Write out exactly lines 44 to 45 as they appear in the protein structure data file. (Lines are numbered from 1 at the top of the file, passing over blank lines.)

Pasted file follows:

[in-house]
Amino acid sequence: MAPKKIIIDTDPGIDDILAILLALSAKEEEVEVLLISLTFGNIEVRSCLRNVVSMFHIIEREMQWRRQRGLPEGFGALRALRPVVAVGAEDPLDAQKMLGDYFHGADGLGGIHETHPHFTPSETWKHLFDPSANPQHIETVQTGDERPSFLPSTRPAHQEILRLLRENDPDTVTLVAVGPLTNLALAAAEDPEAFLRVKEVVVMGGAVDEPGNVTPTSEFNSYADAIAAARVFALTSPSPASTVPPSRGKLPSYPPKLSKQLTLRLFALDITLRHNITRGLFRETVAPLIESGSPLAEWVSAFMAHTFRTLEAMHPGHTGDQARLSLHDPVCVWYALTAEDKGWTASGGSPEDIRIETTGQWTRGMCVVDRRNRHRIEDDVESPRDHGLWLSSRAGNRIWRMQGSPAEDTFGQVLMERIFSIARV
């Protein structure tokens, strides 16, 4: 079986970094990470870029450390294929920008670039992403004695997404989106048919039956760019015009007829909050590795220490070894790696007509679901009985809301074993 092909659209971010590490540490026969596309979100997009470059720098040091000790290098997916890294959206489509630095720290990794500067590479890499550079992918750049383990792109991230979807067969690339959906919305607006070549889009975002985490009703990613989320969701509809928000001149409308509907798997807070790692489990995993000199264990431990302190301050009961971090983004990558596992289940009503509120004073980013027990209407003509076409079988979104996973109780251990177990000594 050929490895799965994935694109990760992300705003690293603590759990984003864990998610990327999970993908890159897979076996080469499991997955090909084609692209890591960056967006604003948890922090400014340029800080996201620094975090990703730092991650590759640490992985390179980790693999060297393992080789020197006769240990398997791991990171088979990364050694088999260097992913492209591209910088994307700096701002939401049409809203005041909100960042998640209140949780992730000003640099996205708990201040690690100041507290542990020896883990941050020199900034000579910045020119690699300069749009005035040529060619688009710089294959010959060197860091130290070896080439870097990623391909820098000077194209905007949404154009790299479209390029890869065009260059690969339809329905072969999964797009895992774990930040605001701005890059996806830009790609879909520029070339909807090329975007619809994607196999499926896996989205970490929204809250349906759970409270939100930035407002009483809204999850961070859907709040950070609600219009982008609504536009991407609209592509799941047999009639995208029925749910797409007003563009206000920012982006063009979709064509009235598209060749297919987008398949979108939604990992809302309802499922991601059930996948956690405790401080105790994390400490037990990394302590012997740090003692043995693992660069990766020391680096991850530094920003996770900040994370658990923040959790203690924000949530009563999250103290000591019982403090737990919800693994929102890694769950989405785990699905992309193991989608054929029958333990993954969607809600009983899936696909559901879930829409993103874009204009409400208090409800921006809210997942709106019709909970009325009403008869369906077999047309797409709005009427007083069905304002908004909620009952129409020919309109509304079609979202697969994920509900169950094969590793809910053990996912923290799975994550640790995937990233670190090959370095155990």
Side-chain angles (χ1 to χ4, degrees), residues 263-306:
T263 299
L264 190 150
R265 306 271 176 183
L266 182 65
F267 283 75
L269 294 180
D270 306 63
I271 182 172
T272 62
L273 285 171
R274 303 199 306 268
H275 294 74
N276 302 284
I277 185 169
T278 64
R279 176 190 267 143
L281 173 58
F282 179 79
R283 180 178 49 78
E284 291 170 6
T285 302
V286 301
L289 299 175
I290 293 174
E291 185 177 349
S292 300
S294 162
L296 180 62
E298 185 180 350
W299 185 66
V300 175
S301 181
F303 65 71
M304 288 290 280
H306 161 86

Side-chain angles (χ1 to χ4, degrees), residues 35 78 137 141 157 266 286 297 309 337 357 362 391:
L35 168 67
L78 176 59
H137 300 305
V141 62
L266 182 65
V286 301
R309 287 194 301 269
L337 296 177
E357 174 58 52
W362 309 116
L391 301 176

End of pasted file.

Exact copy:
V141 62
L266 182 65